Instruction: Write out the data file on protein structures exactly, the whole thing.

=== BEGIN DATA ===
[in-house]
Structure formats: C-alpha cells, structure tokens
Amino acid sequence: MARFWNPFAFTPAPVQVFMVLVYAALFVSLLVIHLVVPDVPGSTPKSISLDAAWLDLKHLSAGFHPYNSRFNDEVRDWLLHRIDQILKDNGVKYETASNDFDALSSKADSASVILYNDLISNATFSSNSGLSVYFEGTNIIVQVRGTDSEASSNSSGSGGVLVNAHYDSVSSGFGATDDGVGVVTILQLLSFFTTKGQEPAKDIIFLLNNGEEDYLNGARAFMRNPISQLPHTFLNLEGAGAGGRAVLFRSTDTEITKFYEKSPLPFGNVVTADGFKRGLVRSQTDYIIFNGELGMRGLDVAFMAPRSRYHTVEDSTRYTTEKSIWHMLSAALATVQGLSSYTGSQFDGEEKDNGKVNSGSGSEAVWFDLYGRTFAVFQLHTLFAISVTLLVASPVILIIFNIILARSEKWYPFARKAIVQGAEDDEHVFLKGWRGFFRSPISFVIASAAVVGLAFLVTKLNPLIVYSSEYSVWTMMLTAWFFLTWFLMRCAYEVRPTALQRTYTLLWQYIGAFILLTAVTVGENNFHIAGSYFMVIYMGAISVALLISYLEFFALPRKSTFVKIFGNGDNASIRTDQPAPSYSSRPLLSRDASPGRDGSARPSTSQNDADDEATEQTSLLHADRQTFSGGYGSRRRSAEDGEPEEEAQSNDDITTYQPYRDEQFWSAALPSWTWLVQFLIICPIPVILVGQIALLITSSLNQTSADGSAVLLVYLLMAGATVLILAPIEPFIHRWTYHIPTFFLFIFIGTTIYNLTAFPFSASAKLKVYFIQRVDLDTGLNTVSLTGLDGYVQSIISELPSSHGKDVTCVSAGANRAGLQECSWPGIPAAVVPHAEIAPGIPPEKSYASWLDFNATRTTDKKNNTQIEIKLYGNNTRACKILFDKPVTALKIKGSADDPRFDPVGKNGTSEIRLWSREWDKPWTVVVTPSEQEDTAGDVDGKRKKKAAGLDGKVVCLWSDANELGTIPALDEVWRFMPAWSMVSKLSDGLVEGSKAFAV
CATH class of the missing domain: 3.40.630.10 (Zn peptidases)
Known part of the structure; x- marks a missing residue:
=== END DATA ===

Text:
[in-house]
Structure formats: C-alpha cells, structure tokens
Amino acid sequence: MARFWNPFAFTPAPVQVFMVLVYAALFVSLLVIHLVVPDVPGSTPKSISLDAAWLDLKHLSAGFHPYNSRFNDEVRDWLLHRIDQILKDNGVKYETASNDFDALSSKADSASVILYNDLISNATFSSNSGLSVYFEGTNIIVQVRGTDSEASSNSSGSGGVLVNAHYDSVSSGFGATDDGVGVVTILQLLSFFTTKGQEPAKDIIFLLNNGEEDYLNGARAFMRNPISQLPHTFLNLEGAGAGGRAVLFRSTDTEITKFYEKSPLPFGNVVTADGFKRGLVRSQTDYIIFNGELGMRGLDVAFMAPRSRYHTVEDSTRYTTEKSIWHMLSAALATVQGLSSYTGSQFDGEEKDNGKVNSGSGSEAVWFDLYGRTFAVFQLHTLFAISVTLLVASPVILIIFNIILARSEKWYPFARKAIVQGAEDDEHVFLKGWRGFFRSPISFVIASAAVVGLAFLVTKLNPLIVYSSEYSVWTMMLTAWFFLTWFLMRCAYEVRPTALQRTYTLLWQYIGAFILLTAVTVGENNFHIAGSYFMVIYMGAISVALLISYLEFFALPRKSTFVKIFGNGDNASIRTDQPAPSYSSRPLLSRDASPGRDGSARPSTSQNDADDEATEQTSLLHADRQTFSGGYGSRRRSAEDGEPEEEAQSNDDITTYQPYRDEQFWSAALPSWTWLVQFLIICPIPVILVGQIALLITSSLNQTSADGSAVLLVYLLMAGATVLILAPIEPFIHRWTYHIPTFFLFIFIGTTIYNLTAFPFSASAKLKVYFIQRVDLDTGLNTVSLTGLDGYVQSIISELPSSHGKDVTCVSAGANRAGLQECSWPGIPAAVVPHAEIAPGIPPEKSYASWLDFNATRTTDKKNNTQIEIKLYGNNTRACKILFDKPVTALKIKGSADDPRFDPVGKNGTSEIRLWSREWDKPWTVVVTPSEQEDTAGDVDGKRKKKAAGLDGKVVCLWSDANELGTIPALDEVWRFMPAWSMVSKLSDGLVEGSKAFAV
CATH class of the missing domain: 3.40.630.10 (Zn peptidases)
Known part of the structure; x- marks a missing residue: